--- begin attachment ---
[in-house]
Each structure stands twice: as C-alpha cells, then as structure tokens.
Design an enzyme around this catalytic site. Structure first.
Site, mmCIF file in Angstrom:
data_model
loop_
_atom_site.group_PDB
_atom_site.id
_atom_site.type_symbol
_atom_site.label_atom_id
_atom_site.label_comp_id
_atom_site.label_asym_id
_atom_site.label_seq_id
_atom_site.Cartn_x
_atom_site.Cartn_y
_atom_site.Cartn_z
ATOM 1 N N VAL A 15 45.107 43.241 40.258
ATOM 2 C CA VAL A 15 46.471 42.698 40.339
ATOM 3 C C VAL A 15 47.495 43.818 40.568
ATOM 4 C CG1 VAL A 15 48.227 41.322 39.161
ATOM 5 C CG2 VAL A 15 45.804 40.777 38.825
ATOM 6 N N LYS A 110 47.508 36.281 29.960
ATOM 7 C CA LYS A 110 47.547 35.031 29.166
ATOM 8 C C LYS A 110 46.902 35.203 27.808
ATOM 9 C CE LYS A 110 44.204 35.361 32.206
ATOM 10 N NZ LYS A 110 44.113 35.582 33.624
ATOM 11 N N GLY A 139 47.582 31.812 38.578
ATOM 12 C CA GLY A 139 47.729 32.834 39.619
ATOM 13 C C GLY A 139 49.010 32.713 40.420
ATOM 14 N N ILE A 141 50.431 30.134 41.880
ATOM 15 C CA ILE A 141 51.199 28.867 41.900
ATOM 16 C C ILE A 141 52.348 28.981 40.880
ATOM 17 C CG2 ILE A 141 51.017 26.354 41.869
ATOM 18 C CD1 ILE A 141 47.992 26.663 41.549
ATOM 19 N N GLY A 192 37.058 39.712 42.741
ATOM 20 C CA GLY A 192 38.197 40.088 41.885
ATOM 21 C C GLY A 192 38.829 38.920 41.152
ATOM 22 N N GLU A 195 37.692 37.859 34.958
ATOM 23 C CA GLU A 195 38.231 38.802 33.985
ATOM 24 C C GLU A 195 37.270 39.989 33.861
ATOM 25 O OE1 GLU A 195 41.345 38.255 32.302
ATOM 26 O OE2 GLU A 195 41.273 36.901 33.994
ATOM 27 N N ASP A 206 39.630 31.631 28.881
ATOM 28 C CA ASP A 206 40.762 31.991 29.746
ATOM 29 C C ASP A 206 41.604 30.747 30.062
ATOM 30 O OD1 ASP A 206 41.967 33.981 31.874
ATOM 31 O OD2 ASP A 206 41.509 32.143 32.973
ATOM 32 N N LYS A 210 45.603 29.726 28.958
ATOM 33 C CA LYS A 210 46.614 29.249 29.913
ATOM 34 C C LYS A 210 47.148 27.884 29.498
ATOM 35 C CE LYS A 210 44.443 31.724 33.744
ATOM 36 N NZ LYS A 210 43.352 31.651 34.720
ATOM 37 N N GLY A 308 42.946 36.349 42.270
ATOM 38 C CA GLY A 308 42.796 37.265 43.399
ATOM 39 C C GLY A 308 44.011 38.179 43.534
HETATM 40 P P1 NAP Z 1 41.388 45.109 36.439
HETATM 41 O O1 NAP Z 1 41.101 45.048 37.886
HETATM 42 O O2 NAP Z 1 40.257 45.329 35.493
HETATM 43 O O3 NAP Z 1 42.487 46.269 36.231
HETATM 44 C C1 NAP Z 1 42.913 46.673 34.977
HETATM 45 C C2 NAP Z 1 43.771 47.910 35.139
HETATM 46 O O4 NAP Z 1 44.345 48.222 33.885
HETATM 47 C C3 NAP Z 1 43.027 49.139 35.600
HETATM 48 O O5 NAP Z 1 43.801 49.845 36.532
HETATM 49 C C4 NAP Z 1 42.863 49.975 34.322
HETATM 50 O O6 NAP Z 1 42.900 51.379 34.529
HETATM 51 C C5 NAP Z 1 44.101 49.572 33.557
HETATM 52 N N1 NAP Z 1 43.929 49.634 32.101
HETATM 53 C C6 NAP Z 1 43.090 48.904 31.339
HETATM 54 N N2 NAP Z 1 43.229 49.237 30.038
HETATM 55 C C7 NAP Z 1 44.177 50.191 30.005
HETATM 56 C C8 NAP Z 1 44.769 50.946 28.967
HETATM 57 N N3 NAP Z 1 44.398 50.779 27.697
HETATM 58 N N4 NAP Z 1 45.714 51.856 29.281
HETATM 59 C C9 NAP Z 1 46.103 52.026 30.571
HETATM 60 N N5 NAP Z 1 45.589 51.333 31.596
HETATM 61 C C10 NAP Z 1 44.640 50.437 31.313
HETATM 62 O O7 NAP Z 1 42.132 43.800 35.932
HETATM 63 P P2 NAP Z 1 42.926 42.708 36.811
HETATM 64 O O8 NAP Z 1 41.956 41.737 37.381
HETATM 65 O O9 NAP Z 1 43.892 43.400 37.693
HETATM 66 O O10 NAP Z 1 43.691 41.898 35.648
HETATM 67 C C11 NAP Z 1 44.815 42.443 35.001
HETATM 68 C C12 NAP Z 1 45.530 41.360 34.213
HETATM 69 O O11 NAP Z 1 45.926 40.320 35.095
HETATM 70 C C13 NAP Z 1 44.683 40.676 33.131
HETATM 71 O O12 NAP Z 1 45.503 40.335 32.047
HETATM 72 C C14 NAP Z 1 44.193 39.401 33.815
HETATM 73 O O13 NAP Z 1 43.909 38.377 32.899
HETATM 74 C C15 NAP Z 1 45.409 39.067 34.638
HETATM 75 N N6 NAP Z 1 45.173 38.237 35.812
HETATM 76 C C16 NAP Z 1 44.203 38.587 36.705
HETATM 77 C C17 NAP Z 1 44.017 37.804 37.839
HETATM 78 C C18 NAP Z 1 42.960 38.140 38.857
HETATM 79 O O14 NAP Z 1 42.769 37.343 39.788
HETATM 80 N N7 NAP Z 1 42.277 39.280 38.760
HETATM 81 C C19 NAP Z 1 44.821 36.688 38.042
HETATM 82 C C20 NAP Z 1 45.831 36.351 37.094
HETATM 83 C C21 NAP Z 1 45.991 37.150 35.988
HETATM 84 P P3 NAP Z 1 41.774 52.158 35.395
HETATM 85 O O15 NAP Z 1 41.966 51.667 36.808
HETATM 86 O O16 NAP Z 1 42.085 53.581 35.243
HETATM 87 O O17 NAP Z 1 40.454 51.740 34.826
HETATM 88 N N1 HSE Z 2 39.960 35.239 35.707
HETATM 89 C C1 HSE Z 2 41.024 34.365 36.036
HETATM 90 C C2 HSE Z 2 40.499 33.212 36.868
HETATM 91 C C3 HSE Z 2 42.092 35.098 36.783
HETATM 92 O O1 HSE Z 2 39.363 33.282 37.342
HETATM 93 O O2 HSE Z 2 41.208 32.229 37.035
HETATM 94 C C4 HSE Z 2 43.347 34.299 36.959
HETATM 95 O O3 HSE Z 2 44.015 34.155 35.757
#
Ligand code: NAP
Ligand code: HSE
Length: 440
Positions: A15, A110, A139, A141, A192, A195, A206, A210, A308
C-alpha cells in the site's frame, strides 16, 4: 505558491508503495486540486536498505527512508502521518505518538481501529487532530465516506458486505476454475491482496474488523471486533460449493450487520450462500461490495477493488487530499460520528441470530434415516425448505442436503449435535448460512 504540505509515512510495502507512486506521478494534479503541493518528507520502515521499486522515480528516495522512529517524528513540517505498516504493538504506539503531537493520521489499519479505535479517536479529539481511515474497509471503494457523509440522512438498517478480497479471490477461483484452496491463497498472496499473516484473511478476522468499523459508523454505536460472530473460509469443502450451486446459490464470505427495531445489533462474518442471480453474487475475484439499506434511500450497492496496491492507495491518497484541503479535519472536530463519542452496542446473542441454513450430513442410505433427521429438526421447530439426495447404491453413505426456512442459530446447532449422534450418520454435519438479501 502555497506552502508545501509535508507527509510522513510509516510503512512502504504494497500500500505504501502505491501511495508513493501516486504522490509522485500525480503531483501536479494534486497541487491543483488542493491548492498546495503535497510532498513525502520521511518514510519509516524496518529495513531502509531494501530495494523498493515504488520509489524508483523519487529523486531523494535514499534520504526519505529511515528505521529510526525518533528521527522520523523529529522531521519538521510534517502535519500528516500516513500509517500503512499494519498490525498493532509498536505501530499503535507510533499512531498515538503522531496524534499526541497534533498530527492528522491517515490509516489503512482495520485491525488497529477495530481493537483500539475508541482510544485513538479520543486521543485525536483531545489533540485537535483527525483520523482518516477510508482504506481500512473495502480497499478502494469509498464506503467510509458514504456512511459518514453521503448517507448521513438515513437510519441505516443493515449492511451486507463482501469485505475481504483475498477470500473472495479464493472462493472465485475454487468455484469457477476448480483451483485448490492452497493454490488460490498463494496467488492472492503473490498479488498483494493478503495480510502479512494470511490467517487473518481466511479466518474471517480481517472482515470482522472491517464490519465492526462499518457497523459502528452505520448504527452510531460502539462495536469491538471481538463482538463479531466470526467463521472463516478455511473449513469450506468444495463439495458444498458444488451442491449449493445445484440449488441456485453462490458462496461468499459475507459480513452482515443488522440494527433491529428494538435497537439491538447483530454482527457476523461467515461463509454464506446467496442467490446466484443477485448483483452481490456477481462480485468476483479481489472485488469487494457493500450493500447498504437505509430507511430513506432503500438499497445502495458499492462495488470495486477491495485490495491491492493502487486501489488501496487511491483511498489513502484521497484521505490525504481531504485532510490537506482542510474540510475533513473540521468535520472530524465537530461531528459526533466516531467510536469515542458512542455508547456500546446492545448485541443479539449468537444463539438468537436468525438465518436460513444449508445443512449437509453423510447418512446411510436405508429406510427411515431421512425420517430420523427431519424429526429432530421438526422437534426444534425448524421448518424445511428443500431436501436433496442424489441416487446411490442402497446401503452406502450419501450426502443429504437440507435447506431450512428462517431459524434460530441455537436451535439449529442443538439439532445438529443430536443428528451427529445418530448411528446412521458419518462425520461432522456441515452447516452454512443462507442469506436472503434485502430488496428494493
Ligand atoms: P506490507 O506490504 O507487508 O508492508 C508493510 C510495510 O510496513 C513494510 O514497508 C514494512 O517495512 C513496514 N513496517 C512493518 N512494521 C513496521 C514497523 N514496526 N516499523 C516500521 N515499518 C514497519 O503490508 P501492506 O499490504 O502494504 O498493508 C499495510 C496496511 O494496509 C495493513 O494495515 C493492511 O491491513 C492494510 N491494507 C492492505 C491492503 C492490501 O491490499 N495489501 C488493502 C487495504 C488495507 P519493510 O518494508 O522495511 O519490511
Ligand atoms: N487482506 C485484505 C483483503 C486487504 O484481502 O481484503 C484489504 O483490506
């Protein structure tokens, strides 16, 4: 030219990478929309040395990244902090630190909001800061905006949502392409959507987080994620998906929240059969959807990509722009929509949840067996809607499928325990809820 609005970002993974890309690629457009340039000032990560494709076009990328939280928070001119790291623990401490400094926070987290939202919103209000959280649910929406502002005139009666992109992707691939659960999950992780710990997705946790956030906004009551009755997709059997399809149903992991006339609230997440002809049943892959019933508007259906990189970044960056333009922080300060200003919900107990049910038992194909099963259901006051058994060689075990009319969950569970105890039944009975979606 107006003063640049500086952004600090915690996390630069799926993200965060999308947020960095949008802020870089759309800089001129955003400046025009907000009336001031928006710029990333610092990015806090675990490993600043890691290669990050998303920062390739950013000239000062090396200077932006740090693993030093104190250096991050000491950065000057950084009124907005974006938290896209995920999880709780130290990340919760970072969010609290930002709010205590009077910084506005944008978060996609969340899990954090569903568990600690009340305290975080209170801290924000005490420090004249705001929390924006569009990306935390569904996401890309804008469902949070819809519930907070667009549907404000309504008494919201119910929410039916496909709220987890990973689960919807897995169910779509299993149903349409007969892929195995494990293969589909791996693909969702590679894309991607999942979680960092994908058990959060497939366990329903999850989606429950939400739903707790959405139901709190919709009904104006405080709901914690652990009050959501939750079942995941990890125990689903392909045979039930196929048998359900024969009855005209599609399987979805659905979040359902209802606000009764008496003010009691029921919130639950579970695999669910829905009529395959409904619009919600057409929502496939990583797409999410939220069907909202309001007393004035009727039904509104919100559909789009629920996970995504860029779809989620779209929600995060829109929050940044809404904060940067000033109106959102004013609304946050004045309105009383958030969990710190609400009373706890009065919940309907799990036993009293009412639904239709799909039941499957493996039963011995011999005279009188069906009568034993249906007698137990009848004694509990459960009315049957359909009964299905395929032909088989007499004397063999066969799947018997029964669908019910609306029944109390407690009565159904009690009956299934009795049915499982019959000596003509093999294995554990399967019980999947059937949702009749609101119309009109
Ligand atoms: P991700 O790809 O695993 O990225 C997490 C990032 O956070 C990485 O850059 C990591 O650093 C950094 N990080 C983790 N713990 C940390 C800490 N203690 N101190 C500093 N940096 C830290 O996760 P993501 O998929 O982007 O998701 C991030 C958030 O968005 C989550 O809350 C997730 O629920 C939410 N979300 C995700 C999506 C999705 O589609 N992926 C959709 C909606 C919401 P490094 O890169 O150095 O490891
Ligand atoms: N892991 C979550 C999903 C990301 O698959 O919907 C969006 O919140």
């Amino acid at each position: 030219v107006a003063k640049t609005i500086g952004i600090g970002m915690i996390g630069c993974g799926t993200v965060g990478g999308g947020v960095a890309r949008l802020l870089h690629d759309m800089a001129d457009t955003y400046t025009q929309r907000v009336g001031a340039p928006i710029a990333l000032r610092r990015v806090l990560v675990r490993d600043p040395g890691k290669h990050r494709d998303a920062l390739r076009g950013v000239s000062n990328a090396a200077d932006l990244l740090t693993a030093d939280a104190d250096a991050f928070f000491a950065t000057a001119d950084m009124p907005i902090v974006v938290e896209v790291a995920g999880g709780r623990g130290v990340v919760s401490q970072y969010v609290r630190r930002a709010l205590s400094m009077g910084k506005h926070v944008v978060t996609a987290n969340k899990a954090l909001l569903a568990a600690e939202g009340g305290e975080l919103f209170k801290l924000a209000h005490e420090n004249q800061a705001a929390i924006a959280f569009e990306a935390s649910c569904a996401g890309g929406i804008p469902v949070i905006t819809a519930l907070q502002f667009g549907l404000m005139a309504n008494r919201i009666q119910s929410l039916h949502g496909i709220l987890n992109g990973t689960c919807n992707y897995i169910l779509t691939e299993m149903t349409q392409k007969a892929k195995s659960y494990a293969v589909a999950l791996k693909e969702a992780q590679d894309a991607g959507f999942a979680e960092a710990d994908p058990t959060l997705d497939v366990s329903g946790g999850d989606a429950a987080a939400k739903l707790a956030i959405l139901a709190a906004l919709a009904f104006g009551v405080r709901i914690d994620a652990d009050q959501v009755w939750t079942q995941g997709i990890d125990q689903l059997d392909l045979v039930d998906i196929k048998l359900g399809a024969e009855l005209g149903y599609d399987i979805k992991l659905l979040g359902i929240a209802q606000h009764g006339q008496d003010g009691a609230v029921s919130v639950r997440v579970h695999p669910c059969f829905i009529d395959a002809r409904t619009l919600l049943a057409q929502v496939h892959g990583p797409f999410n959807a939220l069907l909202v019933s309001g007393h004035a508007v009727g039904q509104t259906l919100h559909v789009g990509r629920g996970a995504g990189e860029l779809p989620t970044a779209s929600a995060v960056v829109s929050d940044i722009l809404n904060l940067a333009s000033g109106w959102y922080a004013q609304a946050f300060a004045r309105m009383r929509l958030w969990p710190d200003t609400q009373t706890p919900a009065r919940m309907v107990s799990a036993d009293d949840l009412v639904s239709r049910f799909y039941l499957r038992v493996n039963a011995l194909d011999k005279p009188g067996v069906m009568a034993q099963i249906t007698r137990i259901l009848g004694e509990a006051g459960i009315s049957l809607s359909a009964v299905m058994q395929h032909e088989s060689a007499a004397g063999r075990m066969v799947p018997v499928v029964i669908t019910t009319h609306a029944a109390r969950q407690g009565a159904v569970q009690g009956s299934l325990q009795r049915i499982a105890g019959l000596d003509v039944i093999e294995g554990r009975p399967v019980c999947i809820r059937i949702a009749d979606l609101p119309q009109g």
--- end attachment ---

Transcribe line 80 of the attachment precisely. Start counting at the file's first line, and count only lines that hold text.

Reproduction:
HETATM 64 O O8 NAP Z 1 41.956 41.737 37.381